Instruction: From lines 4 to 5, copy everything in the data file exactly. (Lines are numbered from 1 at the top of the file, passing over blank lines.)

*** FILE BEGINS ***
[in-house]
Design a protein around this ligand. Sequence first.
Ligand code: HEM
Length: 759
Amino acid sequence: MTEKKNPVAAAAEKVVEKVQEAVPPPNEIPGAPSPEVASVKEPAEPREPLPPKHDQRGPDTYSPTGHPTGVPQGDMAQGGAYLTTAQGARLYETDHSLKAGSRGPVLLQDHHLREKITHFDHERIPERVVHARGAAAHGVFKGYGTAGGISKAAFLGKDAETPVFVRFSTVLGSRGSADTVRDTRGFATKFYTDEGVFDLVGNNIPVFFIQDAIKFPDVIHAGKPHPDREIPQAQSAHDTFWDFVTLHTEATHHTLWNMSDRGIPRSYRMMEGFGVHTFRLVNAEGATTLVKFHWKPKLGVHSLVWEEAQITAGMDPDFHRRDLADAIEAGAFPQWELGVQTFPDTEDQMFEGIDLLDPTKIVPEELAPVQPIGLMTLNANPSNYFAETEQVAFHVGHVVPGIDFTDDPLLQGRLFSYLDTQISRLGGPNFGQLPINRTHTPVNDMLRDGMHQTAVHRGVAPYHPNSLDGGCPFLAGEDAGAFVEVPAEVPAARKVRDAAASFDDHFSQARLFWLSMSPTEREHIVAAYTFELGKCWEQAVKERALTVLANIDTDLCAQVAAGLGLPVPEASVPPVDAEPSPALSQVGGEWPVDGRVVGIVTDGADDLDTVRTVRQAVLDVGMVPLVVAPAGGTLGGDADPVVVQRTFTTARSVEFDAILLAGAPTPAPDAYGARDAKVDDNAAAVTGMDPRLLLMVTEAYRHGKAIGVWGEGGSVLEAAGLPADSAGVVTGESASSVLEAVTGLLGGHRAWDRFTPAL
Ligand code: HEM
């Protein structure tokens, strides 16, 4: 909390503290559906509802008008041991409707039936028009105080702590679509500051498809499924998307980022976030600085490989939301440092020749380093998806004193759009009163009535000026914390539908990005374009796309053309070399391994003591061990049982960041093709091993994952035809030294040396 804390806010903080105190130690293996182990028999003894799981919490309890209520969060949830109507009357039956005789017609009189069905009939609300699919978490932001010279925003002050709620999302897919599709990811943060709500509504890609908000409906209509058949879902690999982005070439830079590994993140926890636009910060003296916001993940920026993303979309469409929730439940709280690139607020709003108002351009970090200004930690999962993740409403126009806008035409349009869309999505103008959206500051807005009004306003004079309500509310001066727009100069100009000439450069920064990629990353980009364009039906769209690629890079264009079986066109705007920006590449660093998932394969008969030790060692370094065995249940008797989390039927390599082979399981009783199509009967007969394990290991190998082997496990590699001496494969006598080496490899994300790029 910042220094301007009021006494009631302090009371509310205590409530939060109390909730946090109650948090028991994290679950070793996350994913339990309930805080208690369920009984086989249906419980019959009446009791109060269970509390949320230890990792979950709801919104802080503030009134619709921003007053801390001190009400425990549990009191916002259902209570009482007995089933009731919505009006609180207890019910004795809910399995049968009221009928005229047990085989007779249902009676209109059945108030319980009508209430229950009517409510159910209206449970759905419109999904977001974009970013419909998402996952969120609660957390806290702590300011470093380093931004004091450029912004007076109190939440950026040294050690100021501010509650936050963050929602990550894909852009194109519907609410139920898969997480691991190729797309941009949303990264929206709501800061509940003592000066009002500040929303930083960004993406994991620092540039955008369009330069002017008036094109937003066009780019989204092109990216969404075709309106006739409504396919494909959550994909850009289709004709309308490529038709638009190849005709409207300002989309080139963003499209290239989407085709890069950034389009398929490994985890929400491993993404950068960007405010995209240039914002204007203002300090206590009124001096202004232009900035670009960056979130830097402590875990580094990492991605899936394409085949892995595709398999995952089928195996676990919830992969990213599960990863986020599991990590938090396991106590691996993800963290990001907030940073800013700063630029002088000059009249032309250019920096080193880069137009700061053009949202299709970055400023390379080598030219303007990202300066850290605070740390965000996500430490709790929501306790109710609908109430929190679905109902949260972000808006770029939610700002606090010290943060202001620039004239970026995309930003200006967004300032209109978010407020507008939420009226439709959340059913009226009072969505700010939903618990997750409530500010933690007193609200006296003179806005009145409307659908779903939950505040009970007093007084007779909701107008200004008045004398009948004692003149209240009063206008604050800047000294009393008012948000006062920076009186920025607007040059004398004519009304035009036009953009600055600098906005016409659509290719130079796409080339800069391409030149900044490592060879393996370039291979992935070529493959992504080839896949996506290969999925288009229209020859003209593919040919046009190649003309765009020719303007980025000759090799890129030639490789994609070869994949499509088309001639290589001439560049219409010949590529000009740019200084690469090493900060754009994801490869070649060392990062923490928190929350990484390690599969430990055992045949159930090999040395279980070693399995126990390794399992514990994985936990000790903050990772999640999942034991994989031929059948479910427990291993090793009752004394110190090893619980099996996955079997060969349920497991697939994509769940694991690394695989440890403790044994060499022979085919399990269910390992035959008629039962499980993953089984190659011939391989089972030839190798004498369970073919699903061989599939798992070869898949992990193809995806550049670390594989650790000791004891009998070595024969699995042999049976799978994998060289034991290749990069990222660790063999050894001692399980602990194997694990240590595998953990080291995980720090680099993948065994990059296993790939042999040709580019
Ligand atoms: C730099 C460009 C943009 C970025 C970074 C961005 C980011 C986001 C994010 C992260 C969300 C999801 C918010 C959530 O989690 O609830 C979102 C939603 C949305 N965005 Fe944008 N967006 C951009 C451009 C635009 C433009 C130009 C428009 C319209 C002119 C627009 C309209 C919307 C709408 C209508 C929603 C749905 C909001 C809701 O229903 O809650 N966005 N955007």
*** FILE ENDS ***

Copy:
Length: 759
Amino acid sequence: MTEKKNPVAAAAEKVVEKVQEAVPPPNEIPGAPSPEVASVKEPAEPREPLPPKHDQRGPDTYSPTGHPTGVPQGDMAQGGAYLTTAQGARLYETDHSLKAGSRGPVLLQDHHLREKITHFDHERIPERVVHARGAAAHGVFKGYGTAGGISKAAFLGKDAETPVFVRFSTVLGSRGSADTVRDTRGFATKFYTDEGVFDLVGNNIPVFFIQDAIKFPDVIHAGKPHPDREIPQAQSAHDTFWDFVTLHTEATHHTLWNMSDRGIPRSYRMMEGFGVHTFRLVNAEGATTLVKFHWKPKLGVHSLVWEEAQITAGMDPDFHRRDLADAIEAGAFPQWELGVQTFPDTEDQMFEGIDLLDPTKIVPEELAPVQPIGLMTLNANPSNYFAETEQVAFHVGHVVPGIDFTDDPLLQGRLFSYLDTQISRLGGPNFGQLPINRTHTPVNDMLRDGMHQTAVHRGVAPYHPNSLDGGCPFLAGEDAGAFVEVPAEVPAARKVRDAAASFDDHFSQARLFWLSMSPTEREHIVAAYTFELGKCWEQAVKERALTVLANIDTDLCAQVAAGLGLPVPEASVPPVDAEPSPALSQVGGEWPVDGRVVGIVTDGADDLDTVRTVRQAVLDVGMVPLVVAPAGGTLGGDADPVVVQRTFTTARSVEFDAILLAGAPTPAPDAYGARDAKVDDNAAAVTGMDPRLLLMVTEAYRHGKAIGVWGEGGSVLEAAGLPADSAGVVTGESASSVLEAVTGLLGGHRAWDRFTPAL